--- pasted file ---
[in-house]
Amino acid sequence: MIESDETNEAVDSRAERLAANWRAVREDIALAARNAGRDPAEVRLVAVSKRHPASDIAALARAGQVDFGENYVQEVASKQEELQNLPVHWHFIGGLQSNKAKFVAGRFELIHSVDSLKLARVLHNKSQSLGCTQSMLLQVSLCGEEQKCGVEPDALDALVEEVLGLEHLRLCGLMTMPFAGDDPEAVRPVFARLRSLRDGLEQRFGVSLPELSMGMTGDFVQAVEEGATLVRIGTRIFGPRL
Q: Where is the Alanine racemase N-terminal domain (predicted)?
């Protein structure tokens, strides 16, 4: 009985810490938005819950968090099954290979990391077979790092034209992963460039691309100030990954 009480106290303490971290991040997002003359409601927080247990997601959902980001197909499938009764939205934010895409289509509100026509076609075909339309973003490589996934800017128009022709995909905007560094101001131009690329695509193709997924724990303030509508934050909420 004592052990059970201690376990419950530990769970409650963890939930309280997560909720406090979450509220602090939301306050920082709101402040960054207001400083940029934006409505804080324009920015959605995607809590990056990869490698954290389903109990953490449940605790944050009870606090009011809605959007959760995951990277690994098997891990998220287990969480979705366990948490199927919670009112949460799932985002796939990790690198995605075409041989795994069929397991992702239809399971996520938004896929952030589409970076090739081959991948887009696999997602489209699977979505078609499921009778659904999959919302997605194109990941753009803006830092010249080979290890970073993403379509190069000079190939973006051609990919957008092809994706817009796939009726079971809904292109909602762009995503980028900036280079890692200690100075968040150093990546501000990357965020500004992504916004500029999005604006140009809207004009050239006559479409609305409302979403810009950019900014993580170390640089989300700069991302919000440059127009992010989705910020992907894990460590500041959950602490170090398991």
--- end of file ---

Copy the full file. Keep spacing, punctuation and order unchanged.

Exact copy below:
[in-house]
Amino acid sequence: MIESDETNEAVDSRAERLAANWRAVREDIALAARNAGRDPAEVRLVAVSKRHPASDIAALARAGQVDFGENYVQEVASKQEELQNLPVHWHFIGGLQSNKAKFVAGRFELIHSVDSLKLARVLHNKSQSLGCTQSMLLQVSLCGEEQKCGVEPDALDALVEEVLGLEHLRLCGLMTMPFAGDDPEAVRPVFARLRSLRDGLEQRFGVSLPELSMGMTGDFVQAVEEGATLVRIGTRIFGPRL
Q: Where is the Alanine racemase N-terminal domain (predicted)?
């Protein structure tokens, strides 16, 4: 009985810490938005819950968090099954290979990391077979790092034209992963460039691309100030990954 009480106290303490971290991040997002003359409601927080247990997601959902980001197909499938009764939205934010895409289509509100026509076609075909339309973003490589996934800017128009022709995909905007560094101001131009690329695509193709997924724990303030509508934050909420 004592052990059970201690376990419950530990769970409650963890939930309280997560909720406090979450509220602090939301306050920082709101402040960054207001400083940029934006409505804080324009920015959605995607809590990056990869490698954290389903109990953490449940605790944050009870606090009011809605959007959760995951990277690994098997891990998220287990969480979705366990948490199927919670009112949460799932985002796939990790690198995605075409041989795994069929397991992702239809399971996520938004896929952030589409970076090739081959991948887009696999997602489209699977979505078609499921009778659904999959919302997605194109990941753009803006830092010249080979290890970073993403379509190069000079190939973006051609990919957008092809994706817009796939009726079971809904292109909602762009995503980028900036280079890692200690100075968040150093990546501000990357965020500004992504916004500029999005604006140009809207004009050239006559479409609305409302979403810009950019900014993580170390640089989300700069991302919000440059127009992010989705910020992907894990460590500041959950602490170090398991």